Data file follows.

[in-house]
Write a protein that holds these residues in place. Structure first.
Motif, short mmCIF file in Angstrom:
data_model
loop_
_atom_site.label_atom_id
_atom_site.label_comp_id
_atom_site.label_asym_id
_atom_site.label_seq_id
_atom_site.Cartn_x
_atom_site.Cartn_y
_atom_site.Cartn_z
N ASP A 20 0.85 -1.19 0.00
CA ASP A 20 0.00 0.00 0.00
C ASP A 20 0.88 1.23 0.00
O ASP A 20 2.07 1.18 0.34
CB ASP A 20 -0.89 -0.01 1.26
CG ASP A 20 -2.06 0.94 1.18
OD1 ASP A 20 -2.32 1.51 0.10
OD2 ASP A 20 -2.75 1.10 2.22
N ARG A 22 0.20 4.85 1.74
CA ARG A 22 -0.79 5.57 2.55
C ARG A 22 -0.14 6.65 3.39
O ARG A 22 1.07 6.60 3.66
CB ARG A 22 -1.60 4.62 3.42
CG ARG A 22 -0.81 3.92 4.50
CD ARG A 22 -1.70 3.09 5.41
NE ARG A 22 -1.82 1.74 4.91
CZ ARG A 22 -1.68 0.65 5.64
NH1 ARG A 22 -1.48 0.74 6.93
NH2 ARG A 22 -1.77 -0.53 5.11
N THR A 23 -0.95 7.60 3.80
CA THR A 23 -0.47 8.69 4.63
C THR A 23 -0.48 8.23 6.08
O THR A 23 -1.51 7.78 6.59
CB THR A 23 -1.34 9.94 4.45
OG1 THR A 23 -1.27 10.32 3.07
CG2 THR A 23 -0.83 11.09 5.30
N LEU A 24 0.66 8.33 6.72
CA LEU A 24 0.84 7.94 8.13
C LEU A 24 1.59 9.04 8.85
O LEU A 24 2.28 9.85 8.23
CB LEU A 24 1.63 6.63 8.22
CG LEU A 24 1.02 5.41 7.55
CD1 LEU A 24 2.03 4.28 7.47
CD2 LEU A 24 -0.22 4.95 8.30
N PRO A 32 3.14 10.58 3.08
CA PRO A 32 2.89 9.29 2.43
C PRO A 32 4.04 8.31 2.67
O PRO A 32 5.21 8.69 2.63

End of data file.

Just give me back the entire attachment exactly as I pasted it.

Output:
[in-house]
Write a protein that holds these residues in place. Structure first.
Motif, short mmCIF file in Angstrom:
data_model
loop_
_atom_site.label_atom_id
_atom_site.label_comp_id
_atom_site.label_asym_id
_atom_site.label_seq_id
_atom_site.Cartn_x
_atom_site.Cartn_y
_atom_site.Cartn_z
N ASP A 20 0.85 -1.19 0.00
CA ASP A 20 0.00 0.00 0.00
C ASP A 20 0.88 1.23 0.00
O ASP A 20 2.07 1.18 0.34
CB ASP A 20 -0.89 -0.01 1.26
CG ASP A 20 -2.06 0.94 1.18
OD1 ASP A 20 -2.32 1.51 0.10
OD2 ASP A 20 -2.75 1.10 2.22
N ARG A 22 0.20 4.85 1.74
CA ARG A 22 -0.79 5.57 2.55
C ARG A 22 -0.14 6.65 3.39
O ARG A 22 1.07 6.60 3.66
CB ARG A 22 -1.60 4.62 3.42
CG ARG A 22 -0.81 3.92 4.50
CD ARG A 22 -1.70 3.09 5.41
NE ARG A 22 -1.82 1.74 4.91
CZ ARG A 22 -1.68 0.65 5.64
NH1 ARG A 22 -1.48 0.74 6.93
NH2 ARG A 22 -1.77 -0.53 5.11
N THR A 23 -0.95 7.60 3.80
CA THR A 23 -0.47 8.69 4.63
C THR A 23 -0.48 8.23 6.08
O THR A 23 -1.51 7.78 6.59
CB THR A 23 -1.34 9.94 4.45
OG1 THR A 23 -1.27 10.32 3.07
CG2 THR A 23 -0.83 11.09 5.30
N LEU A 24 0.66 8.33 6.72
CA LEU A 24 0.84 7.94 8.13
C LEU A 24 1.59 9.04 8.85
O LEU A 24 2.28 9.85 8.23
CB LEU A 24 1.63 6.63 8.22
CG LEU A 24 1.02 5.41 7.55
CD1 LEU A 24 2.03 4.28 7.47
CD2 LEU A 24 -0.22 4.95 8.30
N PRO A 32 3.14 10.58 3.08
CA PRO A 32 2.89 9.29 2.43
C PRO A 32 4.04 8.31 2.67
O PRO A 32 5.21 8.69 2.63